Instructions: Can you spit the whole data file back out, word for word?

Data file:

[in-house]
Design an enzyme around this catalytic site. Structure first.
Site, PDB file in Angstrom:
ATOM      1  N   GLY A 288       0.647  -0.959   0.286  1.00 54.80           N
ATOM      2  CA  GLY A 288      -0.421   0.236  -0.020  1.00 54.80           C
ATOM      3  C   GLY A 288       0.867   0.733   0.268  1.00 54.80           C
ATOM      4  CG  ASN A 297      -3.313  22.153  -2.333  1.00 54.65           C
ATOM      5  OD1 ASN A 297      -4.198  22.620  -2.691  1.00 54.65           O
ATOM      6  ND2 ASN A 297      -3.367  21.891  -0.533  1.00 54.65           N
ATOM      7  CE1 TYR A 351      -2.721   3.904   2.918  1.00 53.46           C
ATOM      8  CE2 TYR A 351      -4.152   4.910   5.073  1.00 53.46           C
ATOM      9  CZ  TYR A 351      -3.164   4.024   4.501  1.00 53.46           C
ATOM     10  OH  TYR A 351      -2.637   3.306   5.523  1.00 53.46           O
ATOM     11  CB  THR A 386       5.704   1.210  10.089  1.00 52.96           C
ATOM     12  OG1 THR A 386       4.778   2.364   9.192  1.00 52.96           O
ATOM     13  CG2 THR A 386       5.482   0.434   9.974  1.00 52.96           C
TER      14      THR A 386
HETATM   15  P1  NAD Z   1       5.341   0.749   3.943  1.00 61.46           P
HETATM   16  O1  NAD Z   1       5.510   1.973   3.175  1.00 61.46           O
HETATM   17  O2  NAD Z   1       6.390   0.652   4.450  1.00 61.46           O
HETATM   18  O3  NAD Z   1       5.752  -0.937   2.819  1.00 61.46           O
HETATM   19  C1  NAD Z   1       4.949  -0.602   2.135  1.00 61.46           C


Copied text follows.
[in-house]
Design an enzyme around this catalytic site. Structure first.
Site, PDB file in Angstrom:
ATOM      1  N   GLY A 288       0.647  -0.959   0.286  1.00 54.80           N
ATOM      2  CA  GLY A 288      -0.421   0.236  -0.020  1.00 54.80           C
ATOM      3  C   GLY A 288       0.867   0.733   0.268  1.00 54.80           C
ATOM      4  CG  ASN A 297      -3.313  22.153  -2.333  1.00 54.65           C
ATOM      5  OD1 ASN A 297      -4.198  22.620  -2.691  1.00 54.65           O
ATOM      6  ND2 ASN A 297      -3.367  21.891  -0.533  1.00 54.65           N
ATOM      7  CE1 TYR A 351      -2.721   3.904   2.918  1.00 53.46           C
ATOM      8  CE2 TYR A 351      -4.152   4.910   5.073  1.00 53.46           C
ATOM      9  CZ  TYR A 351      -3.164   4.024   4.501  1.00 53.46           C
ATOM     10  OH  TYR A 351      -2.637   3.306   5.523  1.00 53.46           O
ATOM     11  CB  THR A 386       5.704   1.210  10.089  1.00 52.96           C
ATOM     12  OG1 THR A 386       4.778   2.364   9.192  1.00 52.96           O
ATOM     13  CG2 THR A 386       5.482   0.434   9.974  1.00 52.96           C
TER      14      THR A 386
HETATM   15  P1  NAD Z   1       5.341   0.749   3.943  1.00 61.46           P
HETATM   16  O1  NAD Z   1       5.510   1.973   3.175  1.00 61.46           O
HETATM   17  O2  NAD Z   1       6.390   0.652   4.450  1.00 61.46           O
HETATM   18  O3  NAD Z   1       5.752  -0.937   2.819  1.00 61.46           O
HETATM   19  C1  NAD Z   1       4.949  -0.602   2.135  1.00 61.46           C